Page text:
Python for ecologists

Plotting with ggplot

Overview

Teaching: 0 min
Exercises: 0 min
Questions
Objectives
  • Be able to create a ggplot object

  • Be able to set universal plot settings

  • Be able to modify an existing ggplot object

  • Be able to change the aesthetics of a plot such as colour

  • Be able to edit the axis labels

  • Know how to use a step-by-step approach to build complex plots

  • Be able to create, scatter plots, box plots and time series plots

  • Use the facet_wrap and facet_grid commands to create a collection of plots splitting the data by a factor variable

  • Be able to create customized plot styles to meet their needs

Disclaimer

Python has powerful built-in plotting capabilities such as matplotlib, but for this exercise, we will be using the ggplot package, which facilitates the creation of highly-informative plots of structured data based on the R implementation of ggplot2 and The Grammar of Graphics by Leland Wilkinson.

import pandas as pd

surveys_complete = pd.read_csv( 'data_output/surveys_complete.csv', index_col=0)
surveys_complete.index.name = 'X'
surveys_complete
record_id month day year plot_id species_id sex hindfoot_length weight genus species taxa plot_type
X
1 845 5 6 1978 2 NL M 32 204 Neotoma albigula Rodent Control
2 1164 8 5 1978 2 NL M 34 199 Neotoma albigula Rodent Control
3 1261 9 4 1978 2 NL M 32 197 Neotoma albigula Rodent Control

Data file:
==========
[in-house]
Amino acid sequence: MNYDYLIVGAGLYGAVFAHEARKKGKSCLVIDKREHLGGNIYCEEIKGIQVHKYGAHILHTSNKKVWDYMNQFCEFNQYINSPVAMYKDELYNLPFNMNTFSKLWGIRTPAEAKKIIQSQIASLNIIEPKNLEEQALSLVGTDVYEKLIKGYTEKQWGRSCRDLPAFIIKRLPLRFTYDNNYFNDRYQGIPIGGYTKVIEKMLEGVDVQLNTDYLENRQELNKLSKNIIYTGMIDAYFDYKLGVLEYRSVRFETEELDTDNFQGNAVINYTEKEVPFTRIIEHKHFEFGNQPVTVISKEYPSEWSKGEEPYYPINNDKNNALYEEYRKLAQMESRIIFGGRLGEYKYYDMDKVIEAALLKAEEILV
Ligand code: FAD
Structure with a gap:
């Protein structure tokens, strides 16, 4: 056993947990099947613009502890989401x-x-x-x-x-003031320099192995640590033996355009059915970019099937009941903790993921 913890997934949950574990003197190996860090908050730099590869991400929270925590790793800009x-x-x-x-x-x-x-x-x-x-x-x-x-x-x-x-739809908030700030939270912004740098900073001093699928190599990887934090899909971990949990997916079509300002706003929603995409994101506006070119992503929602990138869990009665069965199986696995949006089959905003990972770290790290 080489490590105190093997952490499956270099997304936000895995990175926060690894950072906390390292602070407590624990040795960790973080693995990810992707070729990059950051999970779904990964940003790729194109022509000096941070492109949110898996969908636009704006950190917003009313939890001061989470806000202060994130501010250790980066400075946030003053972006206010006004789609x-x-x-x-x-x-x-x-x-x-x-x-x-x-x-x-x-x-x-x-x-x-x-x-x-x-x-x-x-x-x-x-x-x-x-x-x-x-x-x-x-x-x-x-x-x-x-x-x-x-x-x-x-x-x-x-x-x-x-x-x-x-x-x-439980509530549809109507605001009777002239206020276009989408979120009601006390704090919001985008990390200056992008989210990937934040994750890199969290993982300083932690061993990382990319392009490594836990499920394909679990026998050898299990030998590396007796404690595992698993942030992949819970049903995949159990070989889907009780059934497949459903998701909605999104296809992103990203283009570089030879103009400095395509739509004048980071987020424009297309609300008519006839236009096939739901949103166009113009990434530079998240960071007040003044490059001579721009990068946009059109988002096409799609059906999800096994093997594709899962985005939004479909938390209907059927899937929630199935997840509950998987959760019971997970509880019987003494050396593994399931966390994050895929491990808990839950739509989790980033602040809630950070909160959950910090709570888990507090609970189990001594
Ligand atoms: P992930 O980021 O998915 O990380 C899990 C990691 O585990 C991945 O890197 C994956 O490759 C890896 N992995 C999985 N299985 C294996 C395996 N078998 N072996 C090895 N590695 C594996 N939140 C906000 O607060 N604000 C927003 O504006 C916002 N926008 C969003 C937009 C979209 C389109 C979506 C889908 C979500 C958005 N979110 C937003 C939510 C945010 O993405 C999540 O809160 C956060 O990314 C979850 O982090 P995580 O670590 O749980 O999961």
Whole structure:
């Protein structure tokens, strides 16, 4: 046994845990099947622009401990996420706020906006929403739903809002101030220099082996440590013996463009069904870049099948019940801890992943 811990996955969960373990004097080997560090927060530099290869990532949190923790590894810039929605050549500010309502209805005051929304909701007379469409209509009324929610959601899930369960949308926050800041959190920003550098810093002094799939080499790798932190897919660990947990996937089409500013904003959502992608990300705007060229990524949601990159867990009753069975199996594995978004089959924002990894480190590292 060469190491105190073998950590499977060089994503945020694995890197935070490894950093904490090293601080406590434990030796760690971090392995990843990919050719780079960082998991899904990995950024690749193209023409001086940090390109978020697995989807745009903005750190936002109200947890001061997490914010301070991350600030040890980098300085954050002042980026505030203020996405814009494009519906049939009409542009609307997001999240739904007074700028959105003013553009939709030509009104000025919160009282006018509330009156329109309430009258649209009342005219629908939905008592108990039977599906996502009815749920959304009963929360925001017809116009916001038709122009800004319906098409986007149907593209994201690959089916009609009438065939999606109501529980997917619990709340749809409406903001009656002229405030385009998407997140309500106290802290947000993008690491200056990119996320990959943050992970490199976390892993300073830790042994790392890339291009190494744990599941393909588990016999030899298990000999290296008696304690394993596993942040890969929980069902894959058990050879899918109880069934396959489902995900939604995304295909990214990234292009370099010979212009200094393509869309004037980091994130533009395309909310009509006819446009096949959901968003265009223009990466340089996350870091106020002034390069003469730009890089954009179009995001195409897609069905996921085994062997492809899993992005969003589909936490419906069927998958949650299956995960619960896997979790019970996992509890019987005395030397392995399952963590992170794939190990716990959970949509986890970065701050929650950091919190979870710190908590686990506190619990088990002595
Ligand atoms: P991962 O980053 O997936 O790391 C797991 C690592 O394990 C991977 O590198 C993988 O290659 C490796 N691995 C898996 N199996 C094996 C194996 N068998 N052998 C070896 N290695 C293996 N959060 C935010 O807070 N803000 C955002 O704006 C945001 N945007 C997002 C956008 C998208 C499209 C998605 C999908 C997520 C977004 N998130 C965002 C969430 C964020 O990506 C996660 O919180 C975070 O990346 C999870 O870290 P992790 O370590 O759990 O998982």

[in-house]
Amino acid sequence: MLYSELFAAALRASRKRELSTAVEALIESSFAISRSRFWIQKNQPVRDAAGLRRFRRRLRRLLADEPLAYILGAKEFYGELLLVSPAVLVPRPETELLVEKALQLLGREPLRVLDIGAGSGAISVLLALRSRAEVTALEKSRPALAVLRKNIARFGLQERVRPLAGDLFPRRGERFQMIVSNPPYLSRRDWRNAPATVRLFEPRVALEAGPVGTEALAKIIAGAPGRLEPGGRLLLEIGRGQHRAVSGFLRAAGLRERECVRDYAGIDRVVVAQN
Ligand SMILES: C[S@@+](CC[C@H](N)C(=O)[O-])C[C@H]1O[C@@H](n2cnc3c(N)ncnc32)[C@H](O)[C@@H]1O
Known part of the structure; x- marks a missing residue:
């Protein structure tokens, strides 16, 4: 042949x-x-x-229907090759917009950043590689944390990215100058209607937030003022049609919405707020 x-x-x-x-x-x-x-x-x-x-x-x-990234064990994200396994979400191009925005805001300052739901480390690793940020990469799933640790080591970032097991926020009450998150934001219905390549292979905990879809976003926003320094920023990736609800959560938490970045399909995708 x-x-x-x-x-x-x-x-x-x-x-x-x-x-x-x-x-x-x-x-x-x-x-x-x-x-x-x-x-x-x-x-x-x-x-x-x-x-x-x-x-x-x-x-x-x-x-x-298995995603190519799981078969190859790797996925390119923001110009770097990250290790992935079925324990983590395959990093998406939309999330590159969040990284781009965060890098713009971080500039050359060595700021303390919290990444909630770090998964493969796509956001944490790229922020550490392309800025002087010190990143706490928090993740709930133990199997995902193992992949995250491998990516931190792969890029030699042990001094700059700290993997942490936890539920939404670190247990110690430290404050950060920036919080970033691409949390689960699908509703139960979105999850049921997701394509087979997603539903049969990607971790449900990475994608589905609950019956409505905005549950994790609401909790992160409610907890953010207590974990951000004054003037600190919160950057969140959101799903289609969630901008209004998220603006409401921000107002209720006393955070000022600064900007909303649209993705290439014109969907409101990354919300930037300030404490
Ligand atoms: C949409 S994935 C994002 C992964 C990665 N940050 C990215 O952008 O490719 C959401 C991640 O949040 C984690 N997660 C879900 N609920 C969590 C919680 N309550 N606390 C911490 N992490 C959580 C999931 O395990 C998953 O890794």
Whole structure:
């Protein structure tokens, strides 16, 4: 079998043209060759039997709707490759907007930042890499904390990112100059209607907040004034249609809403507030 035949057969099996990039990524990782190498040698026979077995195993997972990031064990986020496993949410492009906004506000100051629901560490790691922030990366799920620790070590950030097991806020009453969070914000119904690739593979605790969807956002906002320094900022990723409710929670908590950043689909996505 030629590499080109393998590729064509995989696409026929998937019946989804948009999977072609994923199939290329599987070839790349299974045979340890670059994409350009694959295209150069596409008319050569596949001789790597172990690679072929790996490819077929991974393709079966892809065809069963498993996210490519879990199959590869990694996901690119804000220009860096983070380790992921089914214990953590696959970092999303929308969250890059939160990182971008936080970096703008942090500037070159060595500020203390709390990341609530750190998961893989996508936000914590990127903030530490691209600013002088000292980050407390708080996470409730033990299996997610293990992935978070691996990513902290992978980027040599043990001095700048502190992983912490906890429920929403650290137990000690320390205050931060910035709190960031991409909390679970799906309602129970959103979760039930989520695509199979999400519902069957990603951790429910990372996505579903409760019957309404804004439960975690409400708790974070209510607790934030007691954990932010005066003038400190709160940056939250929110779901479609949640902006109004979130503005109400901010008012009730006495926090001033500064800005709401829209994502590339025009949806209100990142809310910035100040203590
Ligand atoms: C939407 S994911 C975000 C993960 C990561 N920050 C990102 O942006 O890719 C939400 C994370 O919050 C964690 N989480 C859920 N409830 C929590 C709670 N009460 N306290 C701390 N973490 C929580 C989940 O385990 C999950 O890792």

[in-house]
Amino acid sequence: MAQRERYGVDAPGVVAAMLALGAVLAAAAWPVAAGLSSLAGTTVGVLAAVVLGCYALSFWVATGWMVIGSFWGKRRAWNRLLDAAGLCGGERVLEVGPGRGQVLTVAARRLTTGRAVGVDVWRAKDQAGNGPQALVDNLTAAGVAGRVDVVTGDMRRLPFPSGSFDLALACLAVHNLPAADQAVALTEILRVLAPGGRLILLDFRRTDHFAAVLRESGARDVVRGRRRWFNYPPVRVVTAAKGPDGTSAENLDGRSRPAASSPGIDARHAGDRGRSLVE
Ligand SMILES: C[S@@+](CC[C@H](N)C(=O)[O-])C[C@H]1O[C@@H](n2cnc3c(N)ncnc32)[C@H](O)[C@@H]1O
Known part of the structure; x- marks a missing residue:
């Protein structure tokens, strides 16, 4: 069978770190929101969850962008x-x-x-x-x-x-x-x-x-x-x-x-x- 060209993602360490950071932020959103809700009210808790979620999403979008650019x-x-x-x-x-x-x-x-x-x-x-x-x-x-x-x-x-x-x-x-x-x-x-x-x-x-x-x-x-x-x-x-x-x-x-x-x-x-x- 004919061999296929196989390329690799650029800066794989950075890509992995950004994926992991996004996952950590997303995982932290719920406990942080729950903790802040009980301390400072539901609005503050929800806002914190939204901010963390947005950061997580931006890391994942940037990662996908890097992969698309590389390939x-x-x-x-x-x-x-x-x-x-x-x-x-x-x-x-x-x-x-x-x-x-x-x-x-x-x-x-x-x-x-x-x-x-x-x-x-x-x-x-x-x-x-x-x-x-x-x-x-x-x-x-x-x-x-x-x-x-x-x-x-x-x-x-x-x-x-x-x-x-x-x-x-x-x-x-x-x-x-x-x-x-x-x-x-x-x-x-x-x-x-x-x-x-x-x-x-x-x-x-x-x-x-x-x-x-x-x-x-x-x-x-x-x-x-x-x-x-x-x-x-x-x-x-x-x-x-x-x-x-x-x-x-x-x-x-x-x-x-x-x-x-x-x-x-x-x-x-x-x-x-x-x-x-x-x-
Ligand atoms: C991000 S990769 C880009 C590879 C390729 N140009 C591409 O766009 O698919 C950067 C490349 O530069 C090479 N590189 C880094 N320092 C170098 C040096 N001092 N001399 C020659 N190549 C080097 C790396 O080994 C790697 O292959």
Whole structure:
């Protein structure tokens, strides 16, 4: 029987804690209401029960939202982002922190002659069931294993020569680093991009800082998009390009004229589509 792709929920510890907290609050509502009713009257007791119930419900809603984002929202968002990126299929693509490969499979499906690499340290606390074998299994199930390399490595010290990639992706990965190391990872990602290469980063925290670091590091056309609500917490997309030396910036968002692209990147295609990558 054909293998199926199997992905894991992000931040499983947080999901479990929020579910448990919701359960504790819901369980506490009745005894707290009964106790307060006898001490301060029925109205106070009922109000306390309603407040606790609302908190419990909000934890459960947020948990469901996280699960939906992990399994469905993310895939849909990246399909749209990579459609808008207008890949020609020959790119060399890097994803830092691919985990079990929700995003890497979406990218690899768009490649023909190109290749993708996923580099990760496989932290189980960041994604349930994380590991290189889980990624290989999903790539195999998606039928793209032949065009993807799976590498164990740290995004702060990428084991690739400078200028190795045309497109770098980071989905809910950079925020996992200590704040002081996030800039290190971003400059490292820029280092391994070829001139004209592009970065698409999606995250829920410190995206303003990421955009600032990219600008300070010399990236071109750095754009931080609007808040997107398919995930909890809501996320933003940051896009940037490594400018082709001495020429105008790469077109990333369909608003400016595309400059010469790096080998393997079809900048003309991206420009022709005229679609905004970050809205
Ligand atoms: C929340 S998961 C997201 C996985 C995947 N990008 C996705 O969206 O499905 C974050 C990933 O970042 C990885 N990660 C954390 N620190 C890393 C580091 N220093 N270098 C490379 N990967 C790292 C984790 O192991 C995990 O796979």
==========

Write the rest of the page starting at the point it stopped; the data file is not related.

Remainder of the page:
4 1756 4 29 1979 2 NL M 33 166 Neotoma albigula Rodent Control
5 1818 5 30 1979 2 NL M 32 184 Neotoma albigula Rodent Control
6 1882 7 4 1979 2 NL M 32 206 Neotoma albigula Rodent Control
7 2133 10 25 1979 2 NL F 33 274 Neotoma albigula Rodent Control
8 2184 11 17 1979 2 NL F 30 186 Neotoma albigula Rodent Control
9 2406 1 16 1980 2 NL F 33 184 Neotoma albigula Rodent Control
10 3000 5 18 1980 2 NL F 31 87 Neotoma albigula Rodent Control
11 3002 5 18 1980 2 NL F 33 174 Neotoma albigula Rodent Control
12 4667 7 8 1981 2 NL F 30 130 Neotoma albigula Rodent Control
13 4859 10 1 1981 2 NL M 34 208 Neotoma albigula Rodent Control
14 5048 11 23 1981 2 NL M 34 192 Neotoma albigula Rodent Control
15 5299 1 25 1982 2 NL F 32 165 Neotoma albigula Rodent Control
16 5485 2 24 1982 2 NL M 34 202 Neotoma albigula Rodent Control
17 5558 3 29 1982 2 NL M 33 211 Neotoma albigula Rodent Control
18 5583 3 29 1982 2 NL M 31 120 Neotoma albigula Rodent Control
19 5966 5 22 1982 2 NL F 32 40 Neotoma albigula Rodent Control
20 6020 6 28 1982 2 NL M 33 222 Neotoma albigula Rodent Control
21 6023 6 28 1982 2 NL F 30 100 Neotoma albigula Rodent Control
22 6036 6 28 1982 2 NL F 33 120 Neotoma albigula Rodent Control
23 6479 8 16 1982 2 NL F 31 112 Neotoma albigula Rodent Control